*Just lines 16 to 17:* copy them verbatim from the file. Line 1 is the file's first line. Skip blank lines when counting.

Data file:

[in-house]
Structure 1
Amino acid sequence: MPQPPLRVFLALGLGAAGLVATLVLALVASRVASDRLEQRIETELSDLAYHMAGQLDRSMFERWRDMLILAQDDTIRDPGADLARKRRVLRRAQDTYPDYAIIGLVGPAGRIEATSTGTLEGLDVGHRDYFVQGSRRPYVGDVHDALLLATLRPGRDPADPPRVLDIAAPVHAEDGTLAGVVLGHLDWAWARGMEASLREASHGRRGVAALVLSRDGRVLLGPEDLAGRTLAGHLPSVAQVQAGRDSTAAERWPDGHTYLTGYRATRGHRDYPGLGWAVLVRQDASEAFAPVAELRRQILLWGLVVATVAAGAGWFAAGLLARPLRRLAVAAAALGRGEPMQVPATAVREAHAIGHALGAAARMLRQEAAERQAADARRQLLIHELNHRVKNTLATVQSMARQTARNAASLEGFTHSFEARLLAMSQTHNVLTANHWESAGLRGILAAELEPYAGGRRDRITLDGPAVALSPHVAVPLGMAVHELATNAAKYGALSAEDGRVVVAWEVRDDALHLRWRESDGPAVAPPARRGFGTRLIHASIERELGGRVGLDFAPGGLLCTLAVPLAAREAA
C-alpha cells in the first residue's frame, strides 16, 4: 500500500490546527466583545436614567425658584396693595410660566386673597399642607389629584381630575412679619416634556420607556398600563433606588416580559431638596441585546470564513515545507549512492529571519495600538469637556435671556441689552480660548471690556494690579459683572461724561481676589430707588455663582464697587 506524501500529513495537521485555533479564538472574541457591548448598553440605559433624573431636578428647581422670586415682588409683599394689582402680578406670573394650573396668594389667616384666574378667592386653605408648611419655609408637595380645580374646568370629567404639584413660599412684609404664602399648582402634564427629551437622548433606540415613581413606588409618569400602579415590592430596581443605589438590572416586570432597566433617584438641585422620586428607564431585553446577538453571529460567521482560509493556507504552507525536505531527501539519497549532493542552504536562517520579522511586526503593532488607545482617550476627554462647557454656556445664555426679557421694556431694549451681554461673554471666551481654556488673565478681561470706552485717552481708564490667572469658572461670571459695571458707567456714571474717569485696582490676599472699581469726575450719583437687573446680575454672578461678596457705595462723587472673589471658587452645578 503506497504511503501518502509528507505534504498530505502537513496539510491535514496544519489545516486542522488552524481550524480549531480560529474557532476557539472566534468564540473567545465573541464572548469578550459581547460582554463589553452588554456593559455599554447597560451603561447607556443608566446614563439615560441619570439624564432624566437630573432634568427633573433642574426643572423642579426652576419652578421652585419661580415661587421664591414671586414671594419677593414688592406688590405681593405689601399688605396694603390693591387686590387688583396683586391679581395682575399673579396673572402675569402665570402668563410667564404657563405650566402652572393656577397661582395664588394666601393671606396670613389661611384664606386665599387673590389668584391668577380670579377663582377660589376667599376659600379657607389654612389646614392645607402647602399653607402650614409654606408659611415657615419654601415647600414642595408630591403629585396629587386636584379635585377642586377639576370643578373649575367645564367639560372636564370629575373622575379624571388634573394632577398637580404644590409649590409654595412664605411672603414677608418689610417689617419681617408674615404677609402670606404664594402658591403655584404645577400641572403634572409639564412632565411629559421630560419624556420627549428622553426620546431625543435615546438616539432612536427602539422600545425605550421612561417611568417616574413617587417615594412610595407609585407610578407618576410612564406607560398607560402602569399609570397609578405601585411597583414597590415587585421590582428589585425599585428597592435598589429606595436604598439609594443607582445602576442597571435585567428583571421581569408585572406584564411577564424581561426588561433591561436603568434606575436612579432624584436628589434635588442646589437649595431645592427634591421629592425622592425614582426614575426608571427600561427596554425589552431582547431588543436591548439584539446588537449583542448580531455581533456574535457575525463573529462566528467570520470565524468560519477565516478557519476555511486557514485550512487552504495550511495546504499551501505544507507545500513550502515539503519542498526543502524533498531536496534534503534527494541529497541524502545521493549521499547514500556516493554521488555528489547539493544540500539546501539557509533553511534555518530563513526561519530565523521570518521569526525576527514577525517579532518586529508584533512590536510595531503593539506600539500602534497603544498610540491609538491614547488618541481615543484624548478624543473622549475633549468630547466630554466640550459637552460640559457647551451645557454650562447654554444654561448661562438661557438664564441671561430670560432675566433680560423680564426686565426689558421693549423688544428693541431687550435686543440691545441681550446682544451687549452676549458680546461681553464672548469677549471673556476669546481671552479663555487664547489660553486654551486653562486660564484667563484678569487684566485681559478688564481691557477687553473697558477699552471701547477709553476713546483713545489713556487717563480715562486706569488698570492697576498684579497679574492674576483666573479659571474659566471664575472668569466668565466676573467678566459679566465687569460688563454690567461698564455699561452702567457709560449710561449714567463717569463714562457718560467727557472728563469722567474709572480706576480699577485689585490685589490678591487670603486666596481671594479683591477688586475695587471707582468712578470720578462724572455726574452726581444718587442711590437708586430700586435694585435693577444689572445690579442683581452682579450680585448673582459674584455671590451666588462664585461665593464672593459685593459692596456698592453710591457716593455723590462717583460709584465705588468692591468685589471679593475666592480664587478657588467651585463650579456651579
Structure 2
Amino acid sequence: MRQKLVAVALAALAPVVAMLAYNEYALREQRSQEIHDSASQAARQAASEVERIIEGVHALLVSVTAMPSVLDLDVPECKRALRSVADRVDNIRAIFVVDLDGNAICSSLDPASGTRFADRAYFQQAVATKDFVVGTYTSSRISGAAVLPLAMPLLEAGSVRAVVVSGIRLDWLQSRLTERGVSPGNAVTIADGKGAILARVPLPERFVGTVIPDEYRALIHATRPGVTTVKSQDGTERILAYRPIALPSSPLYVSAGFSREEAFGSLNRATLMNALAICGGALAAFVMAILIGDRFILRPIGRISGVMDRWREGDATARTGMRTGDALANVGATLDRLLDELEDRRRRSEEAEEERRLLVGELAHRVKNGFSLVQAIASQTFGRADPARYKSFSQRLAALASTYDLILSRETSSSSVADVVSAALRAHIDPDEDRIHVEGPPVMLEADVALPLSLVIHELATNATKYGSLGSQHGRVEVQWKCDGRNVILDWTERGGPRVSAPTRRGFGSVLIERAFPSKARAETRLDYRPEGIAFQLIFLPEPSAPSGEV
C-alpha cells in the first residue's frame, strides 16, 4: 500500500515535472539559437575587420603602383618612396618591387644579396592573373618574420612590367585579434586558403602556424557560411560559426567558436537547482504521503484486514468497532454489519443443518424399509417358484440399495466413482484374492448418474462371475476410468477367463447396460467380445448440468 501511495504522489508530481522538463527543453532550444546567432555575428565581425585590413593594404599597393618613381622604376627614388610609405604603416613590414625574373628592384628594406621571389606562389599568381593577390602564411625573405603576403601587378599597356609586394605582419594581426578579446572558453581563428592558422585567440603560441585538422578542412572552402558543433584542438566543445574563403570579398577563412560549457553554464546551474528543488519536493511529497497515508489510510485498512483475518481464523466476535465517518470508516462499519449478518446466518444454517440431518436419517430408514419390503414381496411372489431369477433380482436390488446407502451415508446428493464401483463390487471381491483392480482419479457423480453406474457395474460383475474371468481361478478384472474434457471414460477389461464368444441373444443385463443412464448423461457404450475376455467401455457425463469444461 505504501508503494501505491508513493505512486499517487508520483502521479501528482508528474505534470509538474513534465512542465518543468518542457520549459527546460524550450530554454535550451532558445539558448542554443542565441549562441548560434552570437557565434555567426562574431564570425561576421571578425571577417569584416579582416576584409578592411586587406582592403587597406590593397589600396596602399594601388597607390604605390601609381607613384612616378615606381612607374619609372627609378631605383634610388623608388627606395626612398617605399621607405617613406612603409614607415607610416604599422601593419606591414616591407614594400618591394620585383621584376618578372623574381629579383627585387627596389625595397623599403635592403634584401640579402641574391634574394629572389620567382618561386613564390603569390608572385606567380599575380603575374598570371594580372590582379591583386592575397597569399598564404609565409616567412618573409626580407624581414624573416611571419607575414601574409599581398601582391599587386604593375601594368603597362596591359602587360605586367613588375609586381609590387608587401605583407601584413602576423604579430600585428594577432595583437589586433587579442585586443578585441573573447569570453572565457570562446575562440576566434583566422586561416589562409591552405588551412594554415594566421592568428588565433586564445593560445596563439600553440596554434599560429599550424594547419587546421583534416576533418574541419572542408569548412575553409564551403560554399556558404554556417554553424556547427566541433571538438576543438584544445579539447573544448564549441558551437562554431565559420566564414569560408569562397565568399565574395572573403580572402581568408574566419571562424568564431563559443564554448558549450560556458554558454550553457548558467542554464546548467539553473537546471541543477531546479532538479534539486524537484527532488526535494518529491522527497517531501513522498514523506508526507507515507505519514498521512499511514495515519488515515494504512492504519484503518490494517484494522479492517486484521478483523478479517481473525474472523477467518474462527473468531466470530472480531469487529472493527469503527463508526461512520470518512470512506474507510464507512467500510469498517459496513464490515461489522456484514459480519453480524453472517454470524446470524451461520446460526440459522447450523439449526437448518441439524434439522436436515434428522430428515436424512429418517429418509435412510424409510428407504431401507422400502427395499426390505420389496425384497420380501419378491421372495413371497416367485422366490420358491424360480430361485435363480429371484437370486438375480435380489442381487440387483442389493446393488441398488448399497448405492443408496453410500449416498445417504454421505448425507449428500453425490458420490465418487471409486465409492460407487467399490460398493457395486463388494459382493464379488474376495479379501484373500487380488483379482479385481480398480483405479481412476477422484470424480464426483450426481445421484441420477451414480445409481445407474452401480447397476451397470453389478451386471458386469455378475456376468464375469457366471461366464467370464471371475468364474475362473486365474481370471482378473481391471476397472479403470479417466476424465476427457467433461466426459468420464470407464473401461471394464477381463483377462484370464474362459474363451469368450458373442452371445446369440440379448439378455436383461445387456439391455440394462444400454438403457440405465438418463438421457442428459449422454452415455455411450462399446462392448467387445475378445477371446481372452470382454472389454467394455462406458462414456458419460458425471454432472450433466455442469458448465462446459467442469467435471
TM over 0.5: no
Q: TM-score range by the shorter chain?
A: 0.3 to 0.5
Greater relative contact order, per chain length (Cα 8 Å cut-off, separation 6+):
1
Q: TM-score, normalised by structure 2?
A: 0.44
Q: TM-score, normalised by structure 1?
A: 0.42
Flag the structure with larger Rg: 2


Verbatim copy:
A: 0.42
Flag the structure with larger Rg: 2